Anne Scurria, Shura Baryshnikov, and Rachael Warren in "The Inferior Sex" (Photo by Mark Turek

Review: 'The Inferior Sex' Offers a Vivid 1970s Flashback

Will Demers READ TIME: 3 MIN.

1972. The war in Vietnam is going strong, there's a scandal associated with the current president called "Watergate," and the first female Black member of congress is campaigning for President of the United States. It's an incredibly dramatic time for our country, but seven women, populating a New York fashion magazine's staff have created a "feminists who love fashion" culture that's about to explode along with the political scene in America.

"The Inferior Sex" is playwright Jaqueline E. Lawton's fascinatingly comic view of a time in our country where women of all cultures, colors and races were fighting for equality. Indeed, in 2023 the fight unfortunately rages on, but Lawton gives us a hopeful view of the 1970s where the tides seemed to be turning in a more positive direction.

There's Sandra (Rachel Dulude) who runs her father's magazine the way she thinks he would wish; editor Joan (Rachael Warren) who's ready to explore more political articles and covers and hides a secret close to her heart. Fashion editor Vera (Anne Scurria) thinks she knows all of the tricks of the trade to sell magazines and pushes back at politics and fashion together. Penny (Madeline Barker) who is devoted to her husband, Alice (Shura Baryshnikov) the photographer who's willing to try new things clash with news reporter Gwen (Geri-Nikole Love) who would love to feature Shirley Chisolm (Jackie Davis) the aforementioned presidential candidate not only on the cover but a provocative interview, as well.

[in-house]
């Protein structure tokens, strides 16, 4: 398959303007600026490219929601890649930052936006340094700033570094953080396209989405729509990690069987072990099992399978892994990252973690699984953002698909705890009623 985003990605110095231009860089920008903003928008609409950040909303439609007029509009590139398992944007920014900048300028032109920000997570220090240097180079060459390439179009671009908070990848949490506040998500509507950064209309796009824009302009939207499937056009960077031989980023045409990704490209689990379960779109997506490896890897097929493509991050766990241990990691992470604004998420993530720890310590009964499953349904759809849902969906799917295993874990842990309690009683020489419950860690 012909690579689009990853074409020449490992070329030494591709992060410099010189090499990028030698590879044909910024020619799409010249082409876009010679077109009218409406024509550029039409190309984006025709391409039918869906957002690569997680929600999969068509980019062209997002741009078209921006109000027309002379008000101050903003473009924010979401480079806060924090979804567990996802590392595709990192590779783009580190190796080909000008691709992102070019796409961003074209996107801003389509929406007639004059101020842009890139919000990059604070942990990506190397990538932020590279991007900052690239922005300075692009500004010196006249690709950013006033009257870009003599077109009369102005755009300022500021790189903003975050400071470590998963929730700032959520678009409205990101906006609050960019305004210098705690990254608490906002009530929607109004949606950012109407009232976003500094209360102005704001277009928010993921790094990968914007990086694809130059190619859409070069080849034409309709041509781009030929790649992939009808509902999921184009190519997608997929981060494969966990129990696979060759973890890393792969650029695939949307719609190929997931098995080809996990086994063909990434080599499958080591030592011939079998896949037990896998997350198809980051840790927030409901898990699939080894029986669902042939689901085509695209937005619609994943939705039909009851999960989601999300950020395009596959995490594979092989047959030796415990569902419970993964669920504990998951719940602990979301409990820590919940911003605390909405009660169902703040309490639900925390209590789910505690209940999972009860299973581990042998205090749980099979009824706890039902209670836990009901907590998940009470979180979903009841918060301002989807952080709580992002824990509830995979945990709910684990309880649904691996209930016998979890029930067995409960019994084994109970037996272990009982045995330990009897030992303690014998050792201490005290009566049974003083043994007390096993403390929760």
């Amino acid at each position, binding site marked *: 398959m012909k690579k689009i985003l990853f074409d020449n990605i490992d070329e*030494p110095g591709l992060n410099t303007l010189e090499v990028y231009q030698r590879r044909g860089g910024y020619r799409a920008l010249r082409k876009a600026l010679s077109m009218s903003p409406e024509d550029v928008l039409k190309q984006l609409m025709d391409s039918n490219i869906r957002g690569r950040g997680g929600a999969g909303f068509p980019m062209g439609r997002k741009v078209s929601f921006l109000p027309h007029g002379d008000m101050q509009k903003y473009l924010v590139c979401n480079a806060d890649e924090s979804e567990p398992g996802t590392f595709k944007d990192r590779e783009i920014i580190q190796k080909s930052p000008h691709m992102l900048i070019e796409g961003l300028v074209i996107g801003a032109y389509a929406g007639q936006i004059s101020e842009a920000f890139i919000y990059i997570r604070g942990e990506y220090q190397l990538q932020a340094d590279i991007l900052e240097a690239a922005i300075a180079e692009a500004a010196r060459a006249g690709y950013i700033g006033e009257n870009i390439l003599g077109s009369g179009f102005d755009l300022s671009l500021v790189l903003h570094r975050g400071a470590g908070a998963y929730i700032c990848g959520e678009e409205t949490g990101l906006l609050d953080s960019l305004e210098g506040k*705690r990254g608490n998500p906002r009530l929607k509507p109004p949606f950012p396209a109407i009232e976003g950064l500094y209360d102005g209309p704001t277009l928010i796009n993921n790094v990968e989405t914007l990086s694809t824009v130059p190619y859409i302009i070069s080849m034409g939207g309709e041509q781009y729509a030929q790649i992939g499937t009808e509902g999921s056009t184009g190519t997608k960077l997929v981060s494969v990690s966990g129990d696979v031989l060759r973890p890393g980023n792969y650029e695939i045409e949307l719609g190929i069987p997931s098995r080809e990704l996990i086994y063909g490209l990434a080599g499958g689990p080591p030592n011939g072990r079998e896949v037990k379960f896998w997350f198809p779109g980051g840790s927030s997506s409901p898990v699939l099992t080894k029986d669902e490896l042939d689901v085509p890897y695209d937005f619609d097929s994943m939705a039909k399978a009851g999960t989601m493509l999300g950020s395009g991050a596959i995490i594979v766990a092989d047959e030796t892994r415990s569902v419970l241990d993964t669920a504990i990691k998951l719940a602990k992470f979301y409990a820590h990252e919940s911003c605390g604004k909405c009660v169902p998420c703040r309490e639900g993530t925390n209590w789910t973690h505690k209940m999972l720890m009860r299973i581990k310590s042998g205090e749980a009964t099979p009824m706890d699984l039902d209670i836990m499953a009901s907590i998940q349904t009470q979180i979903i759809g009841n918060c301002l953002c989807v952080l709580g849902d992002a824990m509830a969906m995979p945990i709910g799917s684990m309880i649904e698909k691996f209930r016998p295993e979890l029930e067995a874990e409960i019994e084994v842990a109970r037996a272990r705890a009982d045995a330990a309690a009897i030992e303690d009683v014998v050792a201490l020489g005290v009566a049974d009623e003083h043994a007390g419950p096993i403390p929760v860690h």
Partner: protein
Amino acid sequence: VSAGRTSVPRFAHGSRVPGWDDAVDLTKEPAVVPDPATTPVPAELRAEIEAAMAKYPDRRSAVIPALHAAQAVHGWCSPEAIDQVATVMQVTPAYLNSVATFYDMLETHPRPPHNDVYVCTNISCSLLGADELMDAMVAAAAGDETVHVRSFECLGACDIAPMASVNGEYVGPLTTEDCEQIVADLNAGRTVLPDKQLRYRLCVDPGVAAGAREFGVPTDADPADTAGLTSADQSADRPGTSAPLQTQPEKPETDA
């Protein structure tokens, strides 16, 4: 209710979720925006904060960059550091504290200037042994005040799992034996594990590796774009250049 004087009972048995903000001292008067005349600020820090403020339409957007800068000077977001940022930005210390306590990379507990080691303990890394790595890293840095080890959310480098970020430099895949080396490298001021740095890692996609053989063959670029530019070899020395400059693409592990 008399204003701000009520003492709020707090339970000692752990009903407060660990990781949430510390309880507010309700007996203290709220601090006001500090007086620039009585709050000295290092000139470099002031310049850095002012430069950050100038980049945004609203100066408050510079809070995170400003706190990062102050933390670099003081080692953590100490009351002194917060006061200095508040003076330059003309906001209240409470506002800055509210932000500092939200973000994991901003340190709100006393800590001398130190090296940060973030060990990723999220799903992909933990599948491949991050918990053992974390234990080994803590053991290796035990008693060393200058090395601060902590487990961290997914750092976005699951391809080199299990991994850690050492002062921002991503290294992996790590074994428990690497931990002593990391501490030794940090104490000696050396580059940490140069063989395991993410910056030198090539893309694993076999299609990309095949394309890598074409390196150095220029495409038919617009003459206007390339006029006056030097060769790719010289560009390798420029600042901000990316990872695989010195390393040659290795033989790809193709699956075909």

Rounding out the staff and excellent cast is Angelique Dina as Connie, the local housekeeper who's worked for Sandra's family for years, and Madeline Russell as Madeline, the chef whose creations fail on almost every level. Both of these characters provide the balance between drama and comedy in a way that is deftly handled by director Tatyana-Marie Carlo; weaving a fast paced tale of experimental journalism, racial strife and funny moments that truly delight. Highlighting some very dramatic historical touches are brief monologues by Davis as Chisolm; speaking the truths about our society's failings then, and now.

It is in these moments that whip us back from the fun moments to the tension in the magazine's offices; both Lawton's quippy dialogue and Caro's solid direction weave a tale of fashion, betrayal, successes and losses plus some tragic moments of hard truth. Huge props to set designer Sara Brown for bringing the 1970s into 2023 and Amanda Downing Carney for her spectacular costume design, which makes a splash with some fabulously retro outfits and hair. This cast not only wears them well, but you'll be convinced you're back in 1972.

Some of the best moments come from Scurria's Vera; she never disappoints, and Davis brings us some hard facts about racism and feminism. Russell's Madeline is absolutely hysterical, especially when she's finally forced to face the hard truth about her cooking skills. And Nikole-Love as Gwen delivers the most heartbreaking of performances, showing the uglier side of human nature. "The Inferior Sex" shows us that there is no such thing, and spins a humorous tale that shouldn't be missed.

"The Inferior Sex" is running through April 16th at Trinity Repertory Company 201 Washington St., Providence, RI 02903. For information or tickets, call 401-351-4242 or visit

by Will Demers

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